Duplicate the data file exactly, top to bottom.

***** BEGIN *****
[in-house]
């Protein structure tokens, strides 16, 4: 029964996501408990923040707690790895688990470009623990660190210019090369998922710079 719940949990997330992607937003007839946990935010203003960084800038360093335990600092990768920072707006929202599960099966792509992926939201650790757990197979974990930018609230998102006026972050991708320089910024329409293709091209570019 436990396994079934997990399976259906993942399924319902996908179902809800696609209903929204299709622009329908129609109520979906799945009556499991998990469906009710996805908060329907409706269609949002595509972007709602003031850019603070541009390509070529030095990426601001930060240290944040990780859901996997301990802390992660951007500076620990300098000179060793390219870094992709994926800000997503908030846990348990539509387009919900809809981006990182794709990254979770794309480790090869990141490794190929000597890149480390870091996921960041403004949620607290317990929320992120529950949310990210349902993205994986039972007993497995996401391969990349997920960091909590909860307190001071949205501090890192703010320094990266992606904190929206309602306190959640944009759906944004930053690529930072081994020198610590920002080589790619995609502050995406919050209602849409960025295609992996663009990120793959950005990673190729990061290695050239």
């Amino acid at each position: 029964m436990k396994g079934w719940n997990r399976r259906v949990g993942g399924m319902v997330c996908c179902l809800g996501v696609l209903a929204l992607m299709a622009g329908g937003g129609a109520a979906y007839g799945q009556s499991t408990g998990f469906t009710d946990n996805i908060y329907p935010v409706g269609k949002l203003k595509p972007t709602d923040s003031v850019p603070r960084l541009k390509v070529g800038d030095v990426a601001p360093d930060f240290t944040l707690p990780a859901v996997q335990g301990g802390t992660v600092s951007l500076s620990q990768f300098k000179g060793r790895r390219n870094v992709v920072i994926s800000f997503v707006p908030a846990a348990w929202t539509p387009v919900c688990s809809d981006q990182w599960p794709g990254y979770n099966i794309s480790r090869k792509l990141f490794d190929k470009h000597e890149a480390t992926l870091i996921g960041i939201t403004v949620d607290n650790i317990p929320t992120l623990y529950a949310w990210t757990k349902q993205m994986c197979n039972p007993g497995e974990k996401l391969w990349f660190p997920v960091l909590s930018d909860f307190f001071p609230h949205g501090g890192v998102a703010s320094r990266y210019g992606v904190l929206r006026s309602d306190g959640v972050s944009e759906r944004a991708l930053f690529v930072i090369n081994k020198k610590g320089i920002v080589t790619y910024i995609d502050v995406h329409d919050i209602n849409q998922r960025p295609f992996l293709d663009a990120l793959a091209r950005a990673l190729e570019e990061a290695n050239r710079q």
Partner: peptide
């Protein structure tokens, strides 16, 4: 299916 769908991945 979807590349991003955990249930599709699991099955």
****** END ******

[in-house]
């Protein structure tokens, strides 16, 4: 029964996501408990923040707690790895688990470009623990660190210019090369998922710079 719940949990997330992607937003007839946990935010203003960084800038360093335990600092990768920072707006929202599960099966792509992926939201650790757990197979974990930018609230998102006026972050991708320089910024329409293709091209570019 436990396994079934997990399976259906993942399924319902996908179902809800696609209903929204299709622009329908129609109520979906799945009556499991998990469906009710996805908060329907409706269609949002595509972007709602003031850019603070541009390509070529030095990426601001930060240290944040990780859901996997301990802390992660951007500076620990300098000179060793390219870094992709994926800000997503908030846990348990539509387009919900809809981006990182794709990254979770794309480790090869990141490794190929000597890149480390870091996921960041403004949620607290317990929320992120529950949310990210349902993205994986039972007993497995996401391969990349997920960091909590909860307190001071949205501090890192703010320094990266992606904190929206309602306190959640944009759906944004930053690529930072081994020198610590920002080589790619995609502050995406919050209602849409960025295609992996663009990120793959950005990673190729990061290695050239």
């Amino acid at each position: 029964m436990k396994g079934w719940n997990r399976r259906v949990g993942g399924m319902v997330c996908c179902l809800g996501v696609l209903a929204l992607m299709a622009g329908g937003g129609a109520a979906y007839g799945q009556s499991t408990g998990f469906t009710d946990n996805i908060y329907p935010v409706g269609k949002l203003k595509p972007t709602d923040s003031v850019p603070r960084l541009k390509v070529g800038d030095v990426a601001p360093d930060f240290t944040l707690p990780a859901v996997q335990g301990g802390t992660v600092s951007l500076s620990q990768f300098k000179g060793r790895r390219n870094v992709v920072i994926s800000f997503v707006p908030a846990a348990w929202t539509p387009v919900c688990s809809d981006q990182w599960p794709g990254y979770n099966i794309s480790r090869k792509l990141f490794d190929k470009h000597e890149a480390t992926l870091i996921g960041i939201t403004v949620d607290n650790i317990p929320t992120l623990y529950a949310w990210t757990k349902q993205m994986c197979n039972p007993g497995e974990k996401l391969w990349f660190p997920v960091l909590s930018d909860f307190f001071p609230h949205g501090g890192v998102a703010s320094r990266y210019g992606v904190l929206r006026s309602d306190g959640v972050s944009e759906r944004a991708l930053f690529v930072i090369n081994k020198k610590g320089i920002v080589t790619y910024i995609d502050v995406h329409d919050i209602n849409q998922r960025p295609f992996l293709d663009a990120l793959a091209r950005a990673l190729e570019e990061a290695n050239r710079q």
Partner: peptide
């Protein structure tokens, strides 16, 4: 299916 769908991945 979807590349991003955990249930599709699991099955």